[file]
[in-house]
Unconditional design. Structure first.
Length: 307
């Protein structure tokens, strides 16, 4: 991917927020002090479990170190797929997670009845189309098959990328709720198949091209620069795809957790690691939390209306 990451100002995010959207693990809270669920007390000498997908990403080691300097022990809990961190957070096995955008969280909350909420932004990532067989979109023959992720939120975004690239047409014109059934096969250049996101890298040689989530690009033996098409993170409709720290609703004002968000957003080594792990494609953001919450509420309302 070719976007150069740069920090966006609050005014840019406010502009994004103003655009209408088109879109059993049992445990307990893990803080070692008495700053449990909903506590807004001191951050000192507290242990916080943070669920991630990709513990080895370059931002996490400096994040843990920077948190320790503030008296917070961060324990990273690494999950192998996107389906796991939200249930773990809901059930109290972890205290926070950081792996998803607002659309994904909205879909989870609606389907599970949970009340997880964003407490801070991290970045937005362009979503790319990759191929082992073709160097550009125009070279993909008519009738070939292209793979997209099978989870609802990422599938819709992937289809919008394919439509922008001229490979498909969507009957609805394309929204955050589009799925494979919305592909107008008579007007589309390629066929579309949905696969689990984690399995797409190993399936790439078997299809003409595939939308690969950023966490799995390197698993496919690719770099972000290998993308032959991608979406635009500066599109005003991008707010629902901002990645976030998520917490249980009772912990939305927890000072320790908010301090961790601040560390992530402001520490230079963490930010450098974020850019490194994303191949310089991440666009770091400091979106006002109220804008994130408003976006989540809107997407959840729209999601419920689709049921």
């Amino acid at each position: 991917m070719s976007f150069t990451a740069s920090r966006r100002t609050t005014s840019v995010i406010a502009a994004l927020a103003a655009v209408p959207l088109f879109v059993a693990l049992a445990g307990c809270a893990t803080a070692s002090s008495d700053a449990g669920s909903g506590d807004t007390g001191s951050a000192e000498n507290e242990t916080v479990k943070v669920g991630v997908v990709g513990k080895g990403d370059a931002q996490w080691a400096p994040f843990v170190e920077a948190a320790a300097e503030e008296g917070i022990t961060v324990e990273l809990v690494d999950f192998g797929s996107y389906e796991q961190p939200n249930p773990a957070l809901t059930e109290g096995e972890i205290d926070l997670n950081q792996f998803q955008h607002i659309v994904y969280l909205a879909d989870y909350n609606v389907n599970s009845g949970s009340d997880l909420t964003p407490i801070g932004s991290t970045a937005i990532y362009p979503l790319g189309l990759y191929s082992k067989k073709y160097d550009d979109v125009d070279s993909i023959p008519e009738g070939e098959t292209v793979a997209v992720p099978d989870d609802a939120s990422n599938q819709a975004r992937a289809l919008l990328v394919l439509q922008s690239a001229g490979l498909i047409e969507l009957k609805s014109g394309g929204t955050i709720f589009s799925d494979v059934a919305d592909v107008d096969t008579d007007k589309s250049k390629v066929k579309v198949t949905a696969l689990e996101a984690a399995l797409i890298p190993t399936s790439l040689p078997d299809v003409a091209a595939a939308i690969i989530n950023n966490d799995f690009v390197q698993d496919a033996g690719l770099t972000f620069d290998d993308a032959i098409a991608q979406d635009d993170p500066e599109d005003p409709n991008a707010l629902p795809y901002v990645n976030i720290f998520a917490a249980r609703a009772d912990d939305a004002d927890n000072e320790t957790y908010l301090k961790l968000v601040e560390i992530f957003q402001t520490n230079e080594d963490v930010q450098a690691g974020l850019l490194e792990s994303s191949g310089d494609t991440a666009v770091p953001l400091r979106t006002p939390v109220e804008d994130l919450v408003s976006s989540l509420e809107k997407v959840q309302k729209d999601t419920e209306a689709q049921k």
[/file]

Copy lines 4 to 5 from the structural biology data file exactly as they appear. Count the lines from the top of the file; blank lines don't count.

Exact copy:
């Protein structure tokens, strides 16, 4: 991917927020002090479990170190797929997670009845189309098959990328709720198949091209620069795809957790690691939390209306 990451100002995010959207693990809270669920007390000498997908990403080691300097022990809990961190957070096995955008969280909350909420932004990532067989979109023959992720939120975004690239047409014109059934096969250049996101890298040689989530690009033996098409993170409709720290609703004002968000957003080594792990494609953001919450509420309302 070719976007150069740069920090966006609050005014840019406010502009994004103003655009209408088109879109059993049992445990307990893990803080070692008495700053449990909903506590807004001191951050000192507290242990916080943070669920991630990709513990080895370059931002996490400096994040843990920077948190320790503030008296917070961060324990990273690494999950192998996107389906796991939200249930773990809901059930109290972890205290926070950081792996998803607002659309994904909205879909989870609606389907599970949970009340997880964003407490801070991290970045937005362009979503790319990759191929082992073709160097550009125009070279993909008519009738070939292209793979997209099978989870609802990422599938819709992937289809919008394919439509922008001229490979498909969507009957609805394309929204955050589009799925494979919305592909107008008579007007589309390629066929579309949905696969689990984690399995797409190993399936790439078997299809003409595939939308690969950023966490799995390197698993496919690719770099972000290998993308032959991608979406635009500066599109005003991008707010629902901002990645976030998520917490249980009772912990939305927890000072320790908010301090961790601040560390992530402001520490230079963490930010450098974020850019490194994303191949310089991440666009770091400091979106006002109220804008994130408003976006989540809107997407959840729209999601419920689709049921």
């Amino acid at each position: 991917m070719s976007f150069t990451a740069s920090r966006r100002t609050t005014s840019v995010i406010a502009a994004l927020a103003a655009v209408p959207l088109f879109v059993a693990l049992a445990g307990c809270a893990t803080a070692s002090s008495d700053a449990g669920s909903g506590d807004t007390g001191s951050a000192e000498n507290e242990t916080v479990k943070v669920g991630v997908v990709g513990k080895g990403d370059a931002q996490w080691a400096p994040f843990v170190e920077a948190a320790a300097e503030e008296g917070i022990t961060v324990e990273l809990v690494d999950f192998g797929s996107y389906e796991q961190p939200n249930p773990a957070l809901t059930e109290g096995e972890i205290d926070l997670n950081q792996f998803q955008h607002i659309v994904y969280l909205a879909d989870y909350n609606v389907n599970s009845g949970s009340d997880l909420t964003p407490i801070g932004s991290t970045a937005i990532y362009p979503l790319g189309l990759y191929s082992k067989k073709y160097d550009d979109v125009d070279s993909i023959p008519e009738g070939e098959t292209v793979a997209v992720p099978d989870d609802a939120s990422n599938q819709a975004r992937a289809l919008l990328v394919l439509q922008s690239a001229g490979l498909i047409e969507l009957k609805s014109g394309g929204t955050i709720f589009s799925d494979v059934a919305d592909v107008d096969t008579d007007k589309s250049k390629v066929k579309v198949t949905a696969l689990e996101a984690a399995l797409i890298p190993t399936s790439l040689p078997d299809v003409a091209a595939a939308i690969i989530n950023n966490d799995f690009v390197q698993d496919a033996g690719l770099t972000f620069d290998d993308a032959i098409a991608q979406d635009d993170p500066e599109d005003p409709n991008a707010l629902p795809y901002v990645n976030i720290f998520a917490a249980r609703a009772d912990d939305a004002d927890n000072e320790t957790y908010l301090k961790l968000v601040e560390i992530f957003q402001t520490n230079e080594d963490v930010q450098a690691g974020l850019l490194e792990s994303s191949g310089d494609t991440a666009v770091p953001l400091r979106t006002p939390v109220e804008d994130l919450v408003s976006s989540l509420e809107k997407v959840q309302k729209d999601t419920e209306a689709q049921k």